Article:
What kinds of local institutions and external global levers and can most effectively and sustainably counter the closing of civil society spaces?

Lead Research Organisation: King's College London
Department Name: Political Economy


Across the world, from Hungary to Bolivia, Turkey to Thailand, expected democratic and civic dividends from economic growth appears far more fragile than anticipated. Alongside the well-researched, 'middle-income trap', many countries appear to be slipping into a 'fragile democracy trap', in which democratic and civic ambitions are neglected, partly in the expedient hope of keeping the economy moving. The resurgence of populism and political extremism in the West is matched by the suppression of key institutions, individuals and social movements in many developing countries and emerging economies. Wealthier so-called Liberal nations and global institutions' attempts to decelerate these trends are proving wholly inadequate.

Whilst the reasons for threats to democracy are complex, there is increasing recognition that for democracy to flourish, a strong, fully engaged civil society is imperative. Notions of civil society are diffuse and subjective (Edwards, 2014), but there is a general consensus that, in addition to its role in supporting democracies to thrive, a healthy civil society expands the realm of human connection to meet essential needs: well-being, social connections, civic participation, freedom of expression, and belonging. At the same time, the theories and practices of civil society are both being influenced by and influencing a new 'chaotic pluralism' - new means to access state information, digital opportunities that can empower people and organisations to communicate and mobilise locally and globally, and the globalisation of corporations and supply chains.

Although threats to the closing of civil society spaces are continually countered in a variety of ways, there is insufficient evidence about what works, and what works for the longer term. There is too limited understanding about what approaches - whether 'bottom up' from local institutions and social movements, or 'top down' from the interventions of other countries or global institutions - are most effective and sustainable in preventing the closing of civil society spaces. In addition to the rapid reaction that is so vital to countering threats when they arise - for instance, to freedom of expression, we need some broader theoretical underpinning to understand how national and global actors (state and non-state) can develop more proactive, holistic strategies, creating an overall enabling environment where a flourishing civil society is far more likely and attempts to close spaces far more rare.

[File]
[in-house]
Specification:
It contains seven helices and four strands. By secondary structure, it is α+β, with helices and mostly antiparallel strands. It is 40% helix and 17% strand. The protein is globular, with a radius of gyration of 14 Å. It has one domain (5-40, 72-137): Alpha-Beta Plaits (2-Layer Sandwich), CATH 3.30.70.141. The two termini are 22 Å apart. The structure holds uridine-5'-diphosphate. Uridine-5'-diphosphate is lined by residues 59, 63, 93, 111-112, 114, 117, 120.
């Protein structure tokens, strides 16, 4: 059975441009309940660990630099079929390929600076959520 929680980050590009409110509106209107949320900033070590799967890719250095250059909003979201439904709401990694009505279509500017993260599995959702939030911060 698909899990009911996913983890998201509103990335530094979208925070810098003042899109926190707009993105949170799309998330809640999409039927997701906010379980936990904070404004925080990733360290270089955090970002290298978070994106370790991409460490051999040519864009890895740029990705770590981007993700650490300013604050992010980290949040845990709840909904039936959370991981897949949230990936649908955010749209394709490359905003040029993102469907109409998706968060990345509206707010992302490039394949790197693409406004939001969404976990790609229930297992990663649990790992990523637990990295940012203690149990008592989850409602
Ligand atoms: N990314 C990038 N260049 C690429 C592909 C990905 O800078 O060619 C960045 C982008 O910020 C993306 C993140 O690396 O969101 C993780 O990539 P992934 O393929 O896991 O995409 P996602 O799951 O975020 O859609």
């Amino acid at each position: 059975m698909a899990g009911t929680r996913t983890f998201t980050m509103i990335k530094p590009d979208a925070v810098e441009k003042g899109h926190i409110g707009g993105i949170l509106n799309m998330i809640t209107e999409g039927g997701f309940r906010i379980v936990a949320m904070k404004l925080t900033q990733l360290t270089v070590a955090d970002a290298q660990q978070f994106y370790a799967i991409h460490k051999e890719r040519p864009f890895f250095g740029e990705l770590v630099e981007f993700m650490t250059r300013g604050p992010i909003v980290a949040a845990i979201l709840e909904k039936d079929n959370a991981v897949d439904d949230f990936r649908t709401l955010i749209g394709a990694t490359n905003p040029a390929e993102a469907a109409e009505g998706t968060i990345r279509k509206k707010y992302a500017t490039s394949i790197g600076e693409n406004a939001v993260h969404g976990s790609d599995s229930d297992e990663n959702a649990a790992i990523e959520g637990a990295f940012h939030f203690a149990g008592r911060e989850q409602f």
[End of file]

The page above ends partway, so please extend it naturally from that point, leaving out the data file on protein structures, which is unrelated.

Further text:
To answer my research quest I believe that I would need:
- Explanatory breadth to develop a strong understanding and explanation of the diverse causes of this problem, linked to a theories of power in a development context
- Practical depth to apply this understanding to some detailed explorations of particular examples of where threats to the closing of civil society have been successfully or unsuccessfully countered, 'going inside the reality' of different contexts
- Normative space to synthesise the new knowledge gained from these explorations into frameworks and recommendations that have the potential to influence action.

I start with four beliefs which need deep interrogation:

- That whilst single-issue organisations and campaigns, will continue to be crucial actors, new inclusive institutional forms may also be needed - more flexible in terms of goals, areas of focus and mix of methods to achieve change.
- That there may be a particular role for the arts and culture within these institutions as mechanisms to keep civil society open in less predictable and less suppressible ways.
- That approaches to preventing the closing of civil society spaces need to pay far more attention to new understandings and insights around human behaviour and motivations
That, if states are serious about supporting civil society in other countries, they will need to revisit concepts and practices of power, especially relating to the notion of 'soft power'.


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Studentship Projects

Project Reference Relationship Related To Start End Student Name
ES/P000703/1 30/09/2017 29/09/2027
1917845 Studentship ES/P000703/1 30/09/2017 24/02/2021 Joe Hallgarten